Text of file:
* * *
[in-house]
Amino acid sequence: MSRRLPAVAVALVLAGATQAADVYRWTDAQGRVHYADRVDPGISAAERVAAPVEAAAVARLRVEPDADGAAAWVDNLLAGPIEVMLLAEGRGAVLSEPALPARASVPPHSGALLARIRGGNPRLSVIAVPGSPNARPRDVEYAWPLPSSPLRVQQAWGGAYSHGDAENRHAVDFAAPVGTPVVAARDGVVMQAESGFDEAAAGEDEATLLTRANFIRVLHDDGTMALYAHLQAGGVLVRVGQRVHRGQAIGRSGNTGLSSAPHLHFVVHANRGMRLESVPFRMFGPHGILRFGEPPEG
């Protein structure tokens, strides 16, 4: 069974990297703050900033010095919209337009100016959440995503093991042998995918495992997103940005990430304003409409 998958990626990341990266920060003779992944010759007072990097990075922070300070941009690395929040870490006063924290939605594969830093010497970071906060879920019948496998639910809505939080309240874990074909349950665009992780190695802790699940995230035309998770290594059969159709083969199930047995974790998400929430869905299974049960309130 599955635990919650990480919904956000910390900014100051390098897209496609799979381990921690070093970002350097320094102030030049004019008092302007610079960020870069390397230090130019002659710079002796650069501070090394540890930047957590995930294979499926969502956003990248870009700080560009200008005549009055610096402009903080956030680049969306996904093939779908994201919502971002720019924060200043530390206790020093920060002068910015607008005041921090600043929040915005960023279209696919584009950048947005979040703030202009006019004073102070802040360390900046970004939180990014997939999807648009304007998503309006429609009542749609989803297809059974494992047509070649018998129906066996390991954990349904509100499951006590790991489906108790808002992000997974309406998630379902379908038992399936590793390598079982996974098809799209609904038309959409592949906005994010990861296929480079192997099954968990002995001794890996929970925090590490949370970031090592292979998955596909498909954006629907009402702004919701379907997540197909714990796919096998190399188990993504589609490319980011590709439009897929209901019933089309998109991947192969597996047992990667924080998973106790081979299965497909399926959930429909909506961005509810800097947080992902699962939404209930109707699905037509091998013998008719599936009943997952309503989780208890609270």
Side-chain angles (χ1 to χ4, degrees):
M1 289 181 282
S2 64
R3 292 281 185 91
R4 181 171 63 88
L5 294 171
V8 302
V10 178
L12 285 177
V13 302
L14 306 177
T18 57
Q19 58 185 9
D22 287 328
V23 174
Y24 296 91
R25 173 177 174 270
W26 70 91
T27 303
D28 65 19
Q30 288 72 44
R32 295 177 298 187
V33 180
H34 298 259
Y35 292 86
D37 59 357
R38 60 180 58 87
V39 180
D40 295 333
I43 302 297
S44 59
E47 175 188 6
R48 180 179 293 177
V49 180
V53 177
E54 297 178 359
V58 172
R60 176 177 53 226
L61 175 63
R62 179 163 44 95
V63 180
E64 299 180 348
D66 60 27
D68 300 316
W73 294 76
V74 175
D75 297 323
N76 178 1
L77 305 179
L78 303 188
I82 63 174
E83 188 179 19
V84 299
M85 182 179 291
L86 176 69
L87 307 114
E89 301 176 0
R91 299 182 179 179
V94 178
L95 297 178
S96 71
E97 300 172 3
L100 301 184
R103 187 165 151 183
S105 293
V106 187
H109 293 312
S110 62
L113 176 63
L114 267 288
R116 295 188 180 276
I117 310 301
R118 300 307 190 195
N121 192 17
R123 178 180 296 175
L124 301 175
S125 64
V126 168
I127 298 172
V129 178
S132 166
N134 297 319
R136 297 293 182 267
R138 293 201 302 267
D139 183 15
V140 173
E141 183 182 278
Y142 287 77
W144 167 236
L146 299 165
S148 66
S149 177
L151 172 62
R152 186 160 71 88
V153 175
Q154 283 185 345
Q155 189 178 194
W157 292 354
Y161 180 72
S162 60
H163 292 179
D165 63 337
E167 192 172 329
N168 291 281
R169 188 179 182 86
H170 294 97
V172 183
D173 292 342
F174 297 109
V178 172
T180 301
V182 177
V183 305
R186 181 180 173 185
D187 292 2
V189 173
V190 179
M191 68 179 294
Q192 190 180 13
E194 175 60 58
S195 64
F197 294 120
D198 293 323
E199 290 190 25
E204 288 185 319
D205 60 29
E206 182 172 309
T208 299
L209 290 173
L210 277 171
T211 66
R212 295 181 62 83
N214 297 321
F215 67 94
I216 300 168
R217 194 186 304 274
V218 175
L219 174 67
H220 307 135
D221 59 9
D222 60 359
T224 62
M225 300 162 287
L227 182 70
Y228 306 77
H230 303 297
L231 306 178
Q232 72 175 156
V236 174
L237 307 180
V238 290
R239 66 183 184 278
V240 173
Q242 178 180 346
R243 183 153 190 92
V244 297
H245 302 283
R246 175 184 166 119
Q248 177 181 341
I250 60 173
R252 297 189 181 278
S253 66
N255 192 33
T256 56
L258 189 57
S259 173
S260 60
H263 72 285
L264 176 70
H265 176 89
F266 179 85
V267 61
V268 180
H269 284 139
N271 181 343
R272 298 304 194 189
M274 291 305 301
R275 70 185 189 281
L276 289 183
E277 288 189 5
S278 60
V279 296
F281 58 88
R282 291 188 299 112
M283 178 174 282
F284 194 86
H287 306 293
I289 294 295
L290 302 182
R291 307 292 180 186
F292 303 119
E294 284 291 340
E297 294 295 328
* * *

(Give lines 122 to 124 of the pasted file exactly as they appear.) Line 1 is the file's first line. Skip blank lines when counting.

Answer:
Q192 190 180 13
E194 175 60 58
S195 64